> node-based taxa after the Paris meeting (but still think there is t=
oo much
> "top-down" thinking).

In paleontology, I find node-based taxa useful to join two stem-based=
together in a node-stem triplet, but also because the more stable of =
have comparatively fixed diagnoses. They are also useful for denoting=
start of "adaptive radiations" (which usually means the start of a no=

> Yes, to those who would characterize me as being concerned about my
> taxa", you bet I am fond of this name, and all of the names of the =
> work with. All specialists are, more or less; its our life's work. =
> I care less about the names used for other clades I do not work wit=
h. Its
> easy for me to make pronouncements about my preference for, say, Ma=
> be a crown-based clade. I have nothing invested in it emotionally. =
> shouldn't the specialists make these decisions, since they are stuc=
k with
> the result?

I think this is a very good reason for why even well-known names shou=
ld be
defined by those who actually work on them, their close relatives and=
delineations, rather than by an overarching convention.

> Might the feeling that one is being told which name should be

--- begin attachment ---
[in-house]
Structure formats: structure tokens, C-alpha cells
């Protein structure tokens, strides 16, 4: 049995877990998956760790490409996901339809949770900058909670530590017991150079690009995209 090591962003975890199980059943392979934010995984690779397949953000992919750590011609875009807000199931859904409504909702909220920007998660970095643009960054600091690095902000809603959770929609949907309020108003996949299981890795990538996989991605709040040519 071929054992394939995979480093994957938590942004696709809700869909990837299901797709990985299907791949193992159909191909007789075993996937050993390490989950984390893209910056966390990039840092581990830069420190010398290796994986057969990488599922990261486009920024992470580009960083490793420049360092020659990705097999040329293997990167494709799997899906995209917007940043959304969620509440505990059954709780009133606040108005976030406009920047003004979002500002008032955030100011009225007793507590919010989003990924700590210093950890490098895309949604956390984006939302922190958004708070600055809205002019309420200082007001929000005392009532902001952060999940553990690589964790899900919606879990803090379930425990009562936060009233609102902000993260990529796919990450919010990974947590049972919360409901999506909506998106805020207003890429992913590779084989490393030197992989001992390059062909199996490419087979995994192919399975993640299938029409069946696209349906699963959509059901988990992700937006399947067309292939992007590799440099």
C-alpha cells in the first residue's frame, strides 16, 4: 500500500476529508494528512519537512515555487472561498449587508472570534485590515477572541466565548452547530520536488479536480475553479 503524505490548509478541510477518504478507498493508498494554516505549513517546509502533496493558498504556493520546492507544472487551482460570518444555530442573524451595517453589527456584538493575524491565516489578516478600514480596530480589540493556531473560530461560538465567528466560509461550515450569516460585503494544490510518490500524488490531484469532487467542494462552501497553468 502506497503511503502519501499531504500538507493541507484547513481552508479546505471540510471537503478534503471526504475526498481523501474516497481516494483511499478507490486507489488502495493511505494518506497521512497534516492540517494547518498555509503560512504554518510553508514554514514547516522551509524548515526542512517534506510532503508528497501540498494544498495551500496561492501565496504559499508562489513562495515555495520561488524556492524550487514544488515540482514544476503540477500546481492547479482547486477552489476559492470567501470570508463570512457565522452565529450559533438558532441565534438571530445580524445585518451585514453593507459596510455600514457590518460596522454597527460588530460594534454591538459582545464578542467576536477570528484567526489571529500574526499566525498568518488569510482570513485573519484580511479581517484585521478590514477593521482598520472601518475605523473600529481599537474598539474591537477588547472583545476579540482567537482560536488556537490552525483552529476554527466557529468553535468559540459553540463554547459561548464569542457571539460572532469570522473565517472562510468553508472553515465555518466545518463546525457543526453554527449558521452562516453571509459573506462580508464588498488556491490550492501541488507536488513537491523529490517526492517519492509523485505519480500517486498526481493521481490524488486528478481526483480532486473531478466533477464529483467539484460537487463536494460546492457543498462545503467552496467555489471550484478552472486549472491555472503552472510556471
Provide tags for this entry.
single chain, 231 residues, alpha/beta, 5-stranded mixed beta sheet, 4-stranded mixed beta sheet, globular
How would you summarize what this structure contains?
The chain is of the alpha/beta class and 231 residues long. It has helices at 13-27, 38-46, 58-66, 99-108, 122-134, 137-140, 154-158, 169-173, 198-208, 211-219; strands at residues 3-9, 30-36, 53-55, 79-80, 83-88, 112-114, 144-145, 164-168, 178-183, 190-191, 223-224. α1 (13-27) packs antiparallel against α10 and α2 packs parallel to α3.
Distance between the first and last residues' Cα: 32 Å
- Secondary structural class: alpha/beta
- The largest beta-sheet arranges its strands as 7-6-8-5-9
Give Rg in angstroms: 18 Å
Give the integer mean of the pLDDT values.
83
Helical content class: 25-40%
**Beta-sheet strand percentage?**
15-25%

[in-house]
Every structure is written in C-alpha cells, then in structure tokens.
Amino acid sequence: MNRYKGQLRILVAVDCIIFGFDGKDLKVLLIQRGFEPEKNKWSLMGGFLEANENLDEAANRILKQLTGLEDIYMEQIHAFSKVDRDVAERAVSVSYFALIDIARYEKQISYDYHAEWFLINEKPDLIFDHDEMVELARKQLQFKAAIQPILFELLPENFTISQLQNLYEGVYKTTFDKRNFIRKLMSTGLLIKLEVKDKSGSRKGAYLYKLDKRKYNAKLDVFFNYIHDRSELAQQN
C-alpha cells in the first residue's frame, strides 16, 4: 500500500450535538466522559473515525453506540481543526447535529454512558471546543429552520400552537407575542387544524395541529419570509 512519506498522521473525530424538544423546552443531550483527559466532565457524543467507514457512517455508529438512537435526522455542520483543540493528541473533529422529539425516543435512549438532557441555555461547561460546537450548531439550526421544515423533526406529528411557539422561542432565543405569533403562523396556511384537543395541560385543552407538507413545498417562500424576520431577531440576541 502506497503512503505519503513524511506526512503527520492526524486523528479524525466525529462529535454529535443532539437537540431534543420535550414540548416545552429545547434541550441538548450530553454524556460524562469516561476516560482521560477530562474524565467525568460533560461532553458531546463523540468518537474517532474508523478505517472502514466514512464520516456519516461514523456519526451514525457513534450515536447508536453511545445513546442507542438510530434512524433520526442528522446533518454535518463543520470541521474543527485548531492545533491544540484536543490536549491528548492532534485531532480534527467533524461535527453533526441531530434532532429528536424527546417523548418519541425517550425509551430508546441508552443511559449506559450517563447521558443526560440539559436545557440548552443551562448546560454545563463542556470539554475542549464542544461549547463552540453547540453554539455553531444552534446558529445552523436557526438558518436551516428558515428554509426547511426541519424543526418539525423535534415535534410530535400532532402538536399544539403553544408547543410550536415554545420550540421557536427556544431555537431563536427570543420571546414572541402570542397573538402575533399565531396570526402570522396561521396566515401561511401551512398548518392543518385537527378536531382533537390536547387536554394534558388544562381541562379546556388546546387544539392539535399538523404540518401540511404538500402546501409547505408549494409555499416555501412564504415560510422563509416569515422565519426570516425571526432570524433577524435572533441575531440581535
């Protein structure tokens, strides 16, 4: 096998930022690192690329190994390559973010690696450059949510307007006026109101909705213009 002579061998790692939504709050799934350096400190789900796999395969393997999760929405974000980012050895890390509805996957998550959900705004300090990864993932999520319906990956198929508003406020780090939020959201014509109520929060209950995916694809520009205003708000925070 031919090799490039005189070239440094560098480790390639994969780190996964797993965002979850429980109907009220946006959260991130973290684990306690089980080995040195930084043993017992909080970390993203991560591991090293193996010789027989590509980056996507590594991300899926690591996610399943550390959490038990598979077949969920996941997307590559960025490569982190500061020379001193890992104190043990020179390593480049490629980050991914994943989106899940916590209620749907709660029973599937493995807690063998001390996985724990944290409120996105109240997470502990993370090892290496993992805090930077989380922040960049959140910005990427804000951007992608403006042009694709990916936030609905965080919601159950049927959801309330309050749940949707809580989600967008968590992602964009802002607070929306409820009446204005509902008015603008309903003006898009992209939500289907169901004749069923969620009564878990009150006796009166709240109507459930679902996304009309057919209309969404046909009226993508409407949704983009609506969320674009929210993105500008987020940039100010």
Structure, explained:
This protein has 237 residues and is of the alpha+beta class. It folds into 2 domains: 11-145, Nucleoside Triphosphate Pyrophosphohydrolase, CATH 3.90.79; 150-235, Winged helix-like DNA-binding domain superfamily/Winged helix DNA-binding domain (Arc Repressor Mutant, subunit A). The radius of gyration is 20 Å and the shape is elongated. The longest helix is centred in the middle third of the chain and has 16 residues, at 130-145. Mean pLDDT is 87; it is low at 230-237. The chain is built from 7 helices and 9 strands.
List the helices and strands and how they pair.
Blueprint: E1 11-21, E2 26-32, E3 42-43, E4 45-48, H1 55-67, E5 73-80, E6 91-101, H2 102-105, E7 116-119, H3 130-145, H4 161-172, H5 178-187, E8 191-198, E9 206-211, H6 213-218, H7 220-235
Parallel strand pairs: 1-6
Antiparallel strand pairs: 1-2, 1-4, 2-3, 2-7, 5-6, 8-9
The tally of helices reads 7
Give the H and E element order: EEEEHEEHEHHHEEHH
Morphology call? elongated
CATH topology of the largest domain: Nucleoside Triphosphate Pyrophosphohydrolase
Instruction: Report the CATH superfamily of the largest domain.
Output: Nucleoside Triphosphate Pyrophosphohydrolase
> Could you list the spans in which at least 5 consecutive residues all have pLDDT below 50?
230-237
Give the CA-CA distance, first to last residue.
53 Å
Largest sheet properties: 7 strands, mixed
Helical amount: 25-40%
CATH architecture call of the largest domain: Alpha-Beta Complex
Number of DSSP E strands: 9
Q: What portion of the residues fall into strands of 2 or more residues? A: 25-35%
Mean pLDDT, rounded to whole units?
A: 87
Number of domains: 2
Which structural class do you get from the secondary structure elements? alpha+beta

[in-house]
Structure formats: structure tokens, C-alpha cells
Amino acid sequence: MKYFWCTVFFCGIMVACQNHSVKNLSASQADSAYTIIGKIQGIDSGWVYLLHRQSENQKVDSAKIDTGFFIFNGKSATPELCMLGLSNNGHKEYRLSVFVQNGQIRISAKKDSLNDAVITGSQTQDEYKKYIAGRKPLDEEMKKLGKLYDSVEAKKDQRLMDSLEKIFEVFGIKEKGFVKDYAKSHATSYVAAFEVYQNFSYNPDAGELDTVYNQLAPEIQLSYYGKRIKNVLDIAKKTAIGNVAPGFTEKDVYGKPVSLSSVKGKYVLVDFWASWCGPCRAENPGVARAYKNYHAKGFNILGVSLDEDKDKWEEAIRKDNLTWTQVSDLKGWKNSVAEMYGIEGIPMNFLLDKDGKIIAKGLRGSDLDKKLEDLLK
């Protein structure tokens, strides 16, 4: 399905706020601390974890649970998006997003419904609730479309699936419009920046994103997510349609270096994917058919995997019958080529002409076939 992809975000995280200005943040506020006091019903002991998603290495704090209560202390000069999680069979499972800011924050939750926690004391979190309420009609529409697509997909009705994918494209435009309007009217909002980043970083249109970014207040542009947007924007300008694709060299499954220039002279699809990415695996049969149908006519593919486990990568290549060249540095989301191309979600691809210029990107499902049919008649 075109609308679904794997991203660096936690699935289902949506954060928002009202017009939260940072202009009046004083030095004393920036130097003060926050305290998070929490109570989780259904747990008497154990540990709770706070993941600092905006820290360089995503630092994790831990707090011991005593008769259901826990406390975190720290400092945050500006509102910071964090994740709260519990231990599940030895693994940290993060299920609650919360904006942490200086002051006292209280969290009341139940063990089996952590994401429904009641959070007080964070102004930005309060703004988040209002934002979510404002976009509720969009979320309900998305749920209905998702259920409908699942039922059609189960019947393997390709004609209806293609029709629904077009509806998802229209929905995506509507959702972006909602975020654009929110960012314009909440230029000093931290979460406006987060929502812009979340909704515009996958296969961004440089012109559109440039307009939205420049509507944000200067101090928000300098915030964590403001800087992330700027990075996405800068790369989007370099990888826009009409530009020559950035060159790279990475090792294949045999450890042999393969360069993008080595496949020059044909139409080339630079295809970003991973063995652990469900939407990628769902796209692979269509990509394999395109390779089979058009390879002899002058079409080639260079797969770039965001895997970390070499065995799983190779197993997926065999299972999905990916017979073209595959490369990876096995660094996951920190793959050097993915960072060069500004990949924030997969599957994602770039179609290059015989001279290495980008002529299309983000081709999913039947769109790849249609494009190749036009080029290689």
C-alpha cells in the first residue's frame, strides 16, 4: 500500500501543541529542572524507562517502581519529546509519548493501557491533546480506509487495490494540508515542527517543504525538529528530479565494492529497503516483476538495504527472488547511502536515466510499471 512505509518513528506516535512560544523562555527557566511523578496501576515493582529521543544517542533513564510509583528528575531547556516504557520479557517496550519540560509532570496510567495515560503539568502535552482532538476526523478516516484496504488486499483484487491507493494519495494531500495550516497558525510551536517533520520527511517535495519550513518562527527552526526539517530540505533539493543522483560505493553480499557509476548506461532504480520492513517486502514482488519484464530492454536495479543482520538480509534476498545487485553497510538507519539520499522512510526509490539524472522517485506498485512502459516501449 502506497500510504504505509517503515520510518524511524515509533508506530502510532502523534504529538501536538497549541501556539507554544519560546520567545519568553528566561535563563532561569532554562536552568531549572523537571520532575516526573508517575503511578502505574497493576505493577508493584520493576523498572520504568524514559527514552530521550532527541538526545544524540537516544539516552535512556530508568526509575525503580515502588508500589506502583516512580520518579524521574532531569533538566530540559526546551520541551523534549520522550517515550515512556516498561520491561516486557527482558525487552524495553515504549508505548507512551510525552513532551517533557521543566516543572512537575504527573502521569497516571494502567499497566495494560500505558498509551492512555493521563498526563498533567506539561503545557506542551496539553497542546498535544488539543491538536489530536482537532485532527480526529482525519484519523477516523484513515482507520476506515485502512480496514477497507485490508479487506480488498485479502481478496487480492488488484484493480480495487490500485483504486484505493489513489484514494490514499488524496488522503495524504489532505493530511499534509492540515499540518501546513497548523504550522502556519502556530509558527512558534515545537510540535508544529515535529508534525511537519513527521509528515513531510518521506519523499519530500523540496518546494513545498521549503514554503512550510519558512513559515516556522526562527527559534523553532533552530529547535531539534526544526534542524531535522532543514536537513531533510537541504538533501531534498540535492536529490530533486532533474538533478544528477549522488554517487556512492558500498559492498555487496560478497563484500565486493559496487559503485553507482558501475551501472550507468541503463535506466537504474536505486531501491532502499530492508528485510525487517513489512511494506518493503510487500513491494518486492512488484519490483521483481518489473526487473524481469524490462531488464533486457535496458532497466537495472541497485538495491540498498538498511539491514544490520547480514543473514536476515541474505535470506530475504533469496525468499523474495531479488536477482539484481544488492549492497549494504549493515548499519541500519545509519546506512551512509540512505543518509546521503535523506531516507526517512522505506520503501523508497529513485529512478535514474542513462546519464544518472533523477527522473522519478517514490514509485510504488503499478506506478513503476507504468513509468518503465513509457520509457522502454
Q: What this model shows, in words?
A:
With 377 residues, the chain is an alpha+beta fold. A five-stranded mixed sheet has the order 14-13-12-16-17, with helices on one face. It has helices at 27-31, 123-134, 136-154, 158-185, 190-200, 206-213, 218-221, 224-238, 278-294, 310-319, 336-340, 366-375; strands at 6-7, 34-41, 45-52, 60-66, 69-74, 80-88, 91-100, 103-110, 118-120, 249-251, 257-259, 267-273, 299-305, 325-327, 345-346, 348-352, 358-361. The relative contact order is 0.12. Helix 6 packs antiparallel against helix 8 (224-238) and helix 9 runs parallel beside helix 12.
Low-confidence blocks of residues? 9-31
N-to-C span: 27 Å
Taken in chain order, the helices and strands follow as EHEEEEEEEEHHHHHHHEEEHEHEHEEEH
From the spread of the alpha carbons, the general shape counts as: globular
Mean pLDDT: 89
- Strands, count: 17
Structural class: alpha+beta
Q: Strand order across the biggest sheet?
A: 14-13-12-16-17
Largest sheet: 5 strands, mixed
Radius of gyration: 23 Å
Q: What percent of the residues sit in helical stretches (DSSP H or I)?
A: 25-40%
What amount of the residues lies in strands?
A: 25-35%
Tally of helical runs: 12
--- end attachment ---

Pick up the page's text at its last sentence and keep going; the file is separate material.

> used for the group one works on by a small, self-appointed group no=
> engender resentment among some systematists who might otherwise be =

Thank you for reminding me of this. We -- all supporters of phylogene=
nomenclature together -- are still a pretty small group, and we are e=
self-appointed! We better make very careful decisions, or many of the
systematists "out there" will never consider taking PN seriously.

> Does an apomorphy-based definition
> this really create more confusion and "fuzzy tree thinking" among w=

In the particular case of Tetrapoda, there are two potential problems=
an apomorphy-based decision. The one is practical: several taxa betwe=
en the
finned *Panderichthys* and the limbed *Acanthostega* are known from
incomplete remains that don't tell us if digits were present, so we c=
not decide whether they are tetrapods. The other is theoretical, and =
to all apomorphy-based definitions -- while currently it looks like d=
are generated by a switch in the expression pattern of one gene (so d=
are either clearly present or clearly not), we could be wrong, and we=
one day find a species in which the presence of digits is individual
variation. My opinion is that Tetrapoda is one of the very few cases =
for the time being, an apomorphy-based definition is the best solutio=
should it become impracticable, or should the fossil record around it=
s base
improve drastically (I hear it has begun to do so), the Commission co=
change this into a node-based definition.

> You may feel safe from future
> messages of this length, because I have a ton and a half of deadlin=
> looming and cannot take this chunk of time again until January.

Obviously I'm not trying to blame you... it's just... I fear... if ev=
has so little time, either I will totally dominate the discussion her=
e, or
we will be surprised in early 200n of how many problems we have simpl=
y never
thought, or of course both. All three outlooks are rather frightening=
Perhaps it's just the yellow screen that makes me so pessimistic...